Florida is just one of multiple states where advocates are hoping to put cannabis reform before voters next year.
South Dakota marijuana activists are now ramping up for a signature gathering effort to put legalization on the 2022 ballot as the state Supreme Court continues to consider a case on the fate of the legal cannabis measure that voters approved last year.
New Hampshire lawmakers are pursuing a new strategy to legalize marijuana in the state that involves putting a proposed constitutional amendment on the ballot for voters to decide on in 2022.
Lawmakers in Maryland are also crafting legislation to place a marijuana legalization referendum on the 2022 ballot after the House speaker called for the move.
Nebraska marijuana activists announced recently that they have turned in a pair of complementary initiatives to legalize medical cannabis that they hope to place on the state’s 2022 ballot.
Ohio activists recently cleared a final hurdle to begin collecting signatures for a 2022 ballot initiative to legalize marijuana in the state.
Missouri voters may see a multiple marijuana initiatives on the state’s ballot next year, with a new group filing an adult-use legalization proposal that could compete with separate reform measures that are already in the works.
Arkansas advocates are collecting signatures to place adult-use marijuana legalization on the ballot.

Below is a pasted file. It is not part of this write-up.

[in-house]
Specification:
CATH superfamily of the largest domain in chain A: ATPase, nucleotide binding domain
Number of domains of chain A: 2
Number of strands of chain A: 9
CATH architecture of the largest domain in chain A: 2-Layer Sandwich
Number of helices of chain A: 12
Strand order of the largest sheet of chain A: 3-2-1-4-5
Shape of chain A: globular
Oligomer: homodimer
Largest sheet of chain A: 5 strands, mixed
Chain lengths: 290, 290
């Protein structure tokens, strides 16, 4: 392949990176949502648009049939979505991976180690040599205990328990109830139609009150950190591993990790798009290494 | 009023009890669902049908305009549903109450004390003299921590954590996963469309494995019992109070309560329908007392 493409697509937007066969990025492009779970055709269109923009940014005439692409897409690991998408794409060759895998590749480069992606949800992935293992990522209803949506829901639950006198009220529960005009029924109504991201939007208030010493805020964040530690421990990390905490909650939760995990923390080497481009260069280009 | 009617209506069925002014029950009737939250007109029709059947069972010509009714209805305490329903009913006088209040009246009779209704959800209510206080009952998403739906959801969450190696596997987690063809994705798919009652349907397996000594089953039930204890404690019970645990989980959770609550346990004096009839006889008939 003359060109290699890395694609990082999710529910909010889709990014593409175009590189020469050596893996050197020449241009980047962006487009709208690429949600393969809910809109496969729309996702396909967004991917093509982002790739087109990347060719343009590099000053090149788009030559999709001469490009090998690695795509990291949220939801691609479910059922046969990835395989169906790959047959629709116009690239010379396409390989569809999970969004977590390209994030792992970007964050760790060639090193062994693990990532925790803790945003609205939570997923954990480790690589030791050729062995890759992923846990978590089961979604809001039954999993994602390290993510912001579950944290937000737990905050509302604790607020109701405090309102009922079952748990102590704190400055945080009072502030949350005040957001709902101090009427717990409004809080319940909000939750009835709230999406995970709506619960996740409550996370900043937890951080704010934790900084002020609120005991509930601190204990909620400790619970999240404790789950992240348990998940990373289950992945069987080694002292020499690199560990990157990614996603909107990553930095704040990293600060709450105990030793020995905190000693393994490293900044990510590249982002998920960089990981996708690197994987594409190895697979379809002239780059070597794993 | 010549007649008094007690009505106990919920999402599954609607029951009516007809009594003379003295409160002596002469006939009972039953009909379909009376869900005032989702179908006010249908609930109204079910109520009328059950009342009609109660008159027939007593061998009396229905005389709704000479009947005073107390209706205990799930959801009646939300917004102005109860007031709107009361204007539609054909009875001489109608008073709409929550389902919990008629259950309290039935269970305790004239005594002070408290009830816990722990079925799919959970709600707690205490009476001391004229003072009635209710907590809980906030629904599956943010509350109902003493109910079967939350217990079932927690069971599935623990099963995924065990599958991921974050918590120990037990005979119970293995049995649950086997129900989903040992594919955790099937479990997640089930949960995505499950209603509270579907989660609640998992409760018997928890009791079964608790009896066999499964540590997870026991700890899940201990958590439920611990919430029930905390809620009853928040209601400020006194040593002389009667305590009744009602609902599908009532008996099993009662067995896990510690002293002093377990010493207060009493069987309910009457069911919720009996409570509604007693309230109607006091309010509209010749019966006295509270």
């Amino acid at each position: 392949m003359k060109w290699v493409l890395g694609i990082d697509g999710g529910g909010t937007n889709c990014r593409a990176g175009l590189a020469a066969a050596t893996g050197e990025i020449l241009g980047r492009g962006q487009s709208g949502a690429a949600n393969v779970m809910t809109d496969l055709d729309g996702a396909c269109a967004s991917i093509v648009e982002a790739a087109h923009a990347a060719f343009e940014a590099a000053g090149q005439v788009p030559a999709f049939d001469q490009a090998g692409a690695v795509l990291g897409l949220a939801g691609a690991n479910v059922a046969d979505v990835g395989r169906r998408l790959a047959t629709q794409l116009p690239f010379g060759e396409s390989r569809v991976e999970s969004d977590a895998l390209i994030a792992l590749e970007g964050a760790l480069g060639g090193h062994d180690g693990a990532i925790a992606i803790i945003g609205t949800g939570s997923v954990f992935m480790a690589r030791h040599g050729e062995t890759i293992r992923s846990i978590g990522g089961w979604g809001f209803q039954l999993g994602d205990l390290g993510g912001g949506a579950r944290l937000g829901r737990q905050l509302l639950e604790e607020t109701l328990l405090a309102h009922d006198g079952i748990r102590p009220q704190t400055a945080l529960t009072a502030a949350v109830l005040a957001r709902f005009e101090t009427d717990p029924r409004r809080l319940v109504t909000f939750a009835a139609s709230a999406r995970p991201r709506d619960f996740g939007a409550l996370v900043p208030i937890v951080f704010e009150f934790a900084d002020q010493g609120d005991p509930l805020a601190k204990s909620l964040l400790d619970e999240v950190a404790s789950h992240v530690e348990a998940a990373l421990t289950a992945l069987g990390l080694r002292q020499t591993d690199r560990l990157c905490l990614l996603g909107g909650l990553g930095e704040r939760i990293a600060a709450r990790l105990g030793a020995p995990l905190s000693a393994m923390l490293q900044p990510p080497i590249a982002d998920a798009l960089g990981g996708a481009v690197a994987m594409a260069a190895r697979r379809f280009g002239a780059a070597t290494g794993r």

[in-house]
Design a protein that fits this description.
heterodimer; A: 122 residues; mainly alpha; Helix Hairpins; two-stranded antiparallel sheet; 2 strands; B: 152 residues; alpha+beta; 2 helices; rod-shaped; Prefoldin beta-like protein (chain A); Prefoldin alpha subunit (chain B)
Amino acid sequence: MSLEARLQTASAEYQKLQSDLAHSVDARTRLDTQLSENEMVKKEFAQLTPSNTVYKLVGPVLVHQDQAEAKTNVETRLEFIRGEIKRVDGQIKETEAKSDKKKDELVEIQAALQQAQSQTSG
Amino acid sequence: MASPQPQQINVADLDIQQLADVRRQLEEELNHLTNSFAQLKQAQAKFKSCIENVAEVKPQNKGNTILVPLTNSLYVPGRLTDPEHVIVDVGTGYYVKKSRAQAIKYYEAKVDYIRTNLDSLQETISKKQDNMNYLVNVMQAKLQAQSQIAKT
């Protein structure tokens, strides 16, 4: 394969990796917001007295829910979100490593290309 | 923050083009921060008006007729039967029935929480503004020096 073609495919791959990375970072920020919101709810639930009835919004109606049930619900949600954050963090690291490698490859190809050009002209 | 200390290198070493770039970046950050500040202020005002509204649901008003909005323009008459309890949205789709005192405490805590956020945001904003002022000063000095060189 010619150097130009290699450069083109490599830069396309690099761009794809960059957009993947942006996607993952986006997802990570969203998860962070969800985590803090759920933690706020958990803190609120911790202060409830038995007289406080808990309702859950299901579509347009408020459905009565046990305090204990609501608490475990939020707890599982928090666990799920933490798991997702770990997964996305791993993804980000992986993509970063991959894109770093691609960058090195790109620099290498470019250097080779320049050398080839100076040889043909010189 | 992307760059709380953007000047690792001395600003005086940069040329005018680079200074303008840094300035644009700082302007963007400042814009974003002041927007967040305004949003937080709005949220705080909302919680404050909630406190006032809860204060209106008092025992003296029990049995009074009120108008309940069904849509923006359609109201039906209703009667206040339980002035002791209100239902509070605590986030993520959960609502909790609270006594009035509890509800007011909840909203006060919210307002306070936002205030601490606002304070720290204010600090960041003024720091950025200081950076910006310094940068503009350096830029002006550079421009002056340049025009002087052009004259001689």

Activists in Idaho are working to advance separate measures to legalize possession of recreational marijuana and to create a system of legal medical cannabis sales. State officials recently cleared activists to begin collecting signatures for a revised initiative to legalize possession of marijuana that they hope to place before voters on the 2022 ballot. Meanwhile, a separate campaign to legalize medical cannabis in the state is also underway, with advocates actively collecting signatures to qualify that measure for next year’s ballot.
After a House-passed bill to legalize marijuana in North Dakota was rejected by the Senate in March, some senators hatched a plan to advance the issue by referring it to voters on the 2022 ballot. While their resolution advanced through a key committee, the full Senate blocked it. However, activists with the group North Dakota Cannabis Caucus are collecting signatures to qualify a constitutional amendment to legalize cannabis for the 2022 ballot.
Oklahoma advocates are pushing two separate initiatives to legalize marijuana for adult use and overhaul the state’s existing medical cannabis program.
Wyoming’s attorney general recently issued ballot summaries for proposed initiatives to legalize medical marijuana and decriminalize cannabis possession, freeing up activists to collect signatures to qualify for the 2022 ballot.
And it’s not just marijuana measures that reform activists are seeking to qualify for state ballots next year. A California campaign was recently cleared to begin collecting signatures for an initiative to legalize psilocybin. And advocates in Washington State have announced plans to put a proposal to decriminalize all drug before voters.
Read the text of the new Florida marijuana legalization initiative below: